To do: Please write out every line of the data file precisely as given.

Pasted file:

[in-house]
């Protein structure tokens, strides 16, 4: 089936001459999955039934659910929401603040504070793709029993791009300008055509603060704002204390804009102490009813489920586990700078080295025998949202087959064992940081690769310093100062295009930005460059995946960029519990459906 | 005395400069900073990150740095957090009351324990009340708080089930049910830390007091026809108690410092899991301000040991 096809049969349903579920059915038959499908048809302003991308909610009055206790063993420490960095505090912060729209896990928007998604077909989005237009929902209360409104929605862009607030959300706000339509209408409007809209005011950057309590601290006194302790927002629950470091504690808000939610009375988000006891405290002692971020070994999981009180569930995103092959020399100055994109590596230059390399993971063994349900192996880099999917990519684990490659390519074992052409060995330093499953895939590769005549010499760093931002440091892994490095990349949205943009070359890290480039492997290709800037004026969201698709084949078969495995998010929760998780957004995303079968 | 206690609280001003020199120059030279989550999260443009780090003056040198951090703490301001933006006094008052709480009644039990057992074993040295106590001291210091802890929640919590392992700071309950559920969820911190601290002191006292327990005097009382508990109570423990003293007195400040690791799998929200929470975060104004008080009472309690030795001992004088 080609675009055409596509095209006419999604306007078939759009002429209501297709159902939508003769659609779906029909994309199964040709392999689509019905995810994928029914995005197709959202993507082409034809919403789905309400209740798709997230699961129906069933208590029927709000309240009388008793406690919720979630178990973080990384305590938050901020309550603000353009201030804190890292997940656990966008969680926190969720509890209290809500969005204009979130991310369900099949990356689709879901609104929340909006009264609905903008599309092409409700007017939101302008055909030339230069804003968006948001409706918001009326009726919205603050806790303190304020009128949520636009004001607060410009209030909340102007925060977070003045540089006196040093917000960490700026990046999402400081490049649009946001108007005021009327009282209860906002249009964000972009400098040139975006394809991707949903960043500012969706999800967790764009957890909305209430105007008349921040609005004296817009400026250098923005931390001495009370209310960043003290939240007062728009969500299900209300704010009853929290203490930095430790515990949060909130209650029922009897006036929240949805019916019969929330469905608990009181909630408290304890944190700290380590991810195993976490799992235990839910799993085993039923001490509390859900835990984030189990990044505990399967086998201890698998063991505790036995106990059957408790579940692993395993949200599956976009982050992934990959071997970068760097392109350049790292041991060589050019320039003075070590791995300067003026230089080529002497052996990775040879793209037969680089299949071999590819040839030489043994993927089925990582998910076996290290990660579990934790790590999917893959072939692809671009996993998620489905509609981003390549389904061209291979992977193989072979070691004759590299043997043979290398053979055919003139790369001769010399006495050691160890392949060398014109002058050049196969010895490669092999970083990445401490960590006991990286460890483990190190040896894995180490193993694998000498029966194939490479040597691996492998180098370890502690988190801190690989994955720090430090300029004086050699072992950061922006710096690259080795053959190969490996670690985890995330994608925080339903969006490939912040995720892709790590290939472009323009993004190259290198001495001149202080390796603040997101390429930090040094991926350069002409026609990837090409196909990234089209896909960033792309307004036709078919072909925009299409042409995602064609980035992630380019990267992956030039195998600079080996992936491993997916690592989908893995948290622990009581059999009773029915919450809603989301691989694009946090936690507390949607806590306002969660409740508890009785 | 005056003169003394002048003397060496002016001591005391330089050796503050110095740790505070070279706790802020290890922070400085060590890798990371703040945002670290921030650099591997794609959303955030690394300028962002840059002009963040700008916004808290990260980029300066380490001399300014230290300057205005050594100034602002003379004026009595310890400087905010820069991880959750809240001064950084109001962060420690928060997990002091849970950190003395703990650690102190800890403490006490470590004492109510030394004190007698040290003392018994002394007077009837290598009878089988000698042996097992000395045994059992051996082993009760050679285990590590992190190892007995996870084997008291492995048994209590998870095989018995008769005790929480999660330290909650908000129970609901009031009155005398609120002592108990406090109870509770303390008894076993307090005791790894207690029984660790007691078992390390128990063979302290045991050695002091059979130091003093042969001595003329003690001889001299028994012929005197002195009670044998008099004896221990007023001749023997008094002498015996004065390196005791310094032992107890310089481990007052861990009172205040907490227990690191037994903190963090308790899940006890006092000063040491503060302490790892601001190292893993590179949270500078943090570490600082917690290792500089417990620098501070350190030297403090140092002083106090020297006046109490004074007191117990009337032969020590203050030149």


[in-house]
């Protein structure tokens, strides 16, 4: 089936001459999955039934659910929401603040504070793709029993791009300008055509603060704002204390804009102490009813489920586990700078080295025998949202087959064992940081690769310093100062295009930005460059995946960029519990459906 | 005395400069900073990150740095957090009351324990009340708080089930049910830390007091026809108690410092899991301000040991 096809049969349903579920059915038959499908048809302003991308909610009055206790063993420490960095505090912060729209896990928007998604077909989005237009929902209360409104929605862009607030959300706000339509209408409007809209005011950057309590601290006194302790927002629950470091504690808000939610009375988000006891405290002692971020070994999981009180569930995103092959020399100055994109590596230059390399993971063994349900192996880099999917990519684990490659390519074992052409060995330093499953895939590769005549010499760093931002440091892994490095990349949205943009070359890290480039492997290709800037004026969201698709084949078969495995998010929760998780957004995303079968 | 206690609280001003020199120059030279989550999260443009780090003056040198951090703490301001933006006094008052709480009644039990057992074993040295106590001291210091802890929640919590392992700071309950559920969820911190601290002191006292327990005097009382508990109570423990003293007195400040690791799998929200929470975060104004008080009472309690030795001992004088 080609675009055409596509095209006419999604306007078939759009002429209501297709159902939508003769659609779906029909994309199964040709392999689509019905995810994928029914995005197709959202993507082409034809919403789905309400209740798709997230699961129906069933208590029927709000309240009388008793406690919720979630178990973080990384305590938050901020309550603000353009201030804190890292997940656990966008969680926190969720509890209290809500969005204009979130991310369900099949990356689709879901609104929340909006009264609905903008599309092409409700007017939101302008055909030339230069804003968006948001409706918001009326009726919205603050806790303190304020009128949520636009004001607060410009209030909340102007925060977070003045540089006196040093917000960490700026990046999402400081490049649009946001108007005021009327009282209860906002249009964000972009400098040139975006394809991707949903960043500012969706999800967790764009957890909305209430105007008349921040609005004296817009400026250098923005931390001495009370209310960043003290939240007062728009969500299900209300704010009853929290203490930095430790515990949060909130209650029922009897006036929240949805019916019969929330469905608990009181909630408290304890944190700290380590991810195993976490799992235990839910799993085993039923001490509390859900835990984030189990990044505990399967086998201890698998063991505790036995106990059957408790579940692993395993949200599956976009982050992934990959071997970068760097392109350049790292041991060589050019320039003075070590791995300067003026230089080529002497052996990775040879793209037969680089299949071999590819040839030489043994993927089925990582998910076996290290990660579990934790790590999917893959072939692809671009996993998620489905509609981003390549389904061209291979992977193989072979070691004759590299043997043979290398053979055919003139790369001769010399006495050691160890392949060398014109002058050049196969010895490669092999970083990445401490960590006991990286460890483990190190040896894995180490193993694998000498029966194939490479040597691996492998180098370890502690988190801190690989994955720090430090300029004086050699072992950061922006710096690259080795053959190969490996670690985890995330994608925080339903969006490939912040995720892709790590290939472009323009993004190259290198001495001149202080390796603040997101390429930090040094991926350069002409026609990837090409196909990234089209896909960033792309307004036709078919072909925009299409042409995602064609980035992630380019990267992956030039195998600079080996992936491993997916690592989908893995948290622990009581059999009773029915919450809603989301691989694009946090936690507390949607806590306002969660409740508890009785 | 005056003169003394002048003397060496002016001591005391330089050796503050110095740790505070070279706790802020290890922070400085060590890798990371703040945002670290921030650099591997794609959303955030690394300028962002840059002009963040700008916004808290990260980029300066380490001399300014230290300057205005050594100034602002003379004026009595310890400087905010820069991880959750809240001064950084109001962060420690928060997990002091849970950190003395703990650690102190800890403490006490470590004492109510030394004190007698040290003392018994002394007077009837290598009878089988000698042996097992000395045994059992051996082993009760050679285990590590992190190892007995996870084997008291492995048994209590998870095989018995008769005790929480999660330290909650908000129970609901009031009155005398609120002592108990406090109870509770303390008894076993307090005791790894207690029984660790007691078992390390128990063979302290045991050695002091059979130091003093042969001595003329003690001889001299028994012929005197002195009670044998008099004896221990007023001749023997008094002498015996004065390196005791310094032992107890310089481990007052861990009172205040907490227990690191037994903190963090308790899940006890006092000063040491503060302490790892601001190292893993590179949270500078943090570490600082917690290792500089417990620098501070350190030297403090140092002083106090020297006046109490004074007191117990009337032969020590203050030149």